‘Hyperbitcoinization’ Is a Few Years Away, Predicts Samson Mow

The CEO of technology startup Jan3 explains why Bitcoin might become the world's preferred monetary system as early as 2030.

AccessTimeIconNov 3, 2022 at 3:54 p.m. UTC
Updated Nov 3, 2022 at 4:55 p.m. UTC
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Eurozone and U.K. inflation rates are at record, double-digit highs, prompting some governments to begin warming up to bitcoin. One evangelist is meeting with officials to accelerate the process.

Most people already know El Salvador made bitcoin legal tender in September of last year. The Central African Republic followed suit this past April. But less publicized is that some elected officials in places like the U.K. and Portugal are increasingly taking a shine to bitcoin.

Samson Mow spent half a decade as chief strategy officer of Blockstream, the blockchain infrastructure company started by Bitcoin pioneer Adam Back. It was there that Mow advised El Salvador President Nayib Bukele on the country’s $1 billion bond backed by bitcoin.

Now, Mow is CEO of Bitcoin technology startup Jan3 (the Bitcoin blockchain launched on Jan. 3, 2009), and he has made it his mission to educate other governments on Bitcoin.

Based on conversations he has had with politicians, Mow said “hyperbitcoinization” – or the point where Bitcoin becomes the world’s dominant monetary system – is only a few years away.

“If your criteria [for hypberbitcoinization] is every country in the world, it might take 20 or 30 years. But if you're talking about a good number of countries; let's say North America, Europe and a number of countries in Latin America and Africa, I think it's definitely possible around 2030,” Mow told CoinDesk in an interview.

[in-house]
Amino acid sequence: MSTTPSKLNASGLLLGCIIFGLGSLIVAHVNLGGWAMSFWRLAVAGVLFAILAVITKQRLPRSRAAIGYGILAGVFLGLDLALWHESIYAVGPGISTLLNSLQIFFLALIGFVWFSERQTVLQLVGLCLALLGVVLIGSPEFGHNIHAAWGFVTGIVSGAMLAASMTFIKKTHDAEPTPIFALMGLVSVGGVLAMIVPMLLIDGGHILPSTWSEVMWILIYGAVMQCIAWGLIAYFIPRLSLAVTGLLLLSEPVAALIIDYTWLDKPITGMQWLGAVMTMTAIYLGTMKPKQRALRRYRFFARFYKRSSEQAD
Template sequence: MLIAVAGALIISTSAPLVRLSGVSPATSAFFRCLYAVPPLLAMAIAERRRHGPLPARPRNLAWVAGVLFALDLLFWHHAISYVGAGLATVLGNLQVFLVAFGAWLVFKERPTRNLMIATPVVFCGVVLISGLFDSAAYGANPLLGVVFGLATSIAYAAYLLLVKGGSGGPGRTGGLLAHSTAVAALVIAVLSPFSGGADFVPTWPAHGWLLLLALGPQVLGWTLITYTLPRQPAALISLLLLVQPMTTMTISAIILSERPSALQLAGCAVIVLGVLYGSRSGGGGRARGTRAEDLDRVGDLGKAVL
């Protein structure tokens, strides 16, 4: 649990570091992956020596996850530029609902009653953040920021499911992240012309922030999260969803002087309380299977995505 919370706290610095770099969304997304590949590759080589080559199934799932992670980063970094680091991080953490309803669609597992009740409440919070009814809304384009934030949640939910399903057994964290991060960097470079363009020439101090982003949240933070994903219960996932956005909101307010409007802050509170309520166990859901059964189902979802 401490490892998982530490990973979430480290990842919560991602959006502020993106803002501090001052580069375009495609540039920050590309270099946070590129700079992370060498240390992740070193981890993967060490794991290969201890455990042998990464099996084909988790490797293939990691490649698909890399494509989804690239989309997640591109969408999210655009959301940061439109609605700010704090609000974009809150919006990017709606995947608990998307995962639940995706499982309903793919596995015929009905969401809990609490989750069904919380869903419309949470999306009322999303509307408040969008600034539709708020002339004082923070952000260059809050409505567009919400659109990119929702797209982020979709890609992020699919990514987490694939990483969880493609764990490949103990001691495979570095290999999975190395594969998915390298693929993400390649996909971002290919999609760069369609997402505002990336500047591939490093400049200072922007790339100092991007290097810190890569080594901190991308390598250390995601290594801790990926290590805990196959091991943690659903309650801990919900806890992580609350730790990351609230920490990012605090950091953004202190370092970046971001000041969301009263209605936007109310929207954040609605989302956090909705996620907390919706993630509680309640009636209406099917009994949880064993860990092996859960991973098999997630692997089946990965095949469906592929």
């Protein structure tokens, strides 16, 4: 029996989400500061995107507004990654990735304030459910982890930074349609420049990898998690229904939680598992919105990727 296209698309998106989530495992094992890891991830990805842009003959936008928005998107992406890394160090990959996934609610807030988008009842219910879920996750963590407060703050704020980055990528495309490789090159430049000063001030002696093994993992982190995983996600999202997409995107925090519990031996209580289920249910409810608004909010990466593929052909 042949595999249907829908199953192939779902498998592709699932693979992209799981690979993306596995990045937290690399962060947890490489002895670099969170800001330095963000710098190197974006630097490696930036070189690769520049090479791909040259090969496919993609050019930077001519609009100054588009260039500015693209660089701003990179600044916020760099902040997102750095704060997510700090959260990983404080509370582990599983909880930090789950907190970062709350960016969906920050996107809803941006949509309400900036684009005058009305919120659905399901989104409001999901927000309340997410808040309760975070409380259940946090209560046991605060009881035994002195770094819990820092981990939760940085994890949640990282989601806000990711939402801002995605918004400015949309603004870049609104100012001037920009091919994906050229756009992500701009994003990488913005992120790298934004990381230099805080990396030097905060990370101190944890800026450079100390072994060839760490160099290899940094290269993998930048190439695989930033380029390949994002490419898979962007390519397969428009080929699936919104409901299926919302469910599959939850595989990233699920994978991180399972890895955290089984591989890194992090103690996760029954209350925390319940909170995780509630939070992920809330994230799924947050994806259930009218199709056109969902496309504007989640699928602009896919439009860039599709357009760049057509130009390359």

Global South meets Global North

Typically, countries in Africa, Asia, Oceania, Latin America and the Caribbean – the Global South – are the ones prone to debilitating socio-economic woes including political instability and hyperinflation. These conditions often make Global South citizens significantly more receptive to Bitcoin and its native currency.

“If you're born in the Global South, where you've seen rapid inflation or your parents have seen rapid inflation or hyperinflation where your currency can massively devalue and you're going to need a wheelbarrow to truck it around, then you get Bitcoin much quicker,” Mow said. “You just have an easier route to understanding Bitcoin versus someone born in Canada or the U.S. But things are changing.”

Mow, a Canadian, explained how some conditions in the Global North (North America, Europe and Australasia) seem to be converging with conditions in the Global South. Canada narrowly escaped double-digit inflation this past summer, but America’s northern neighbor made headlines earlier in the year when the Canadian government told banks to freeze accounts belonging to citizens who donated to the Canadian trucker protests.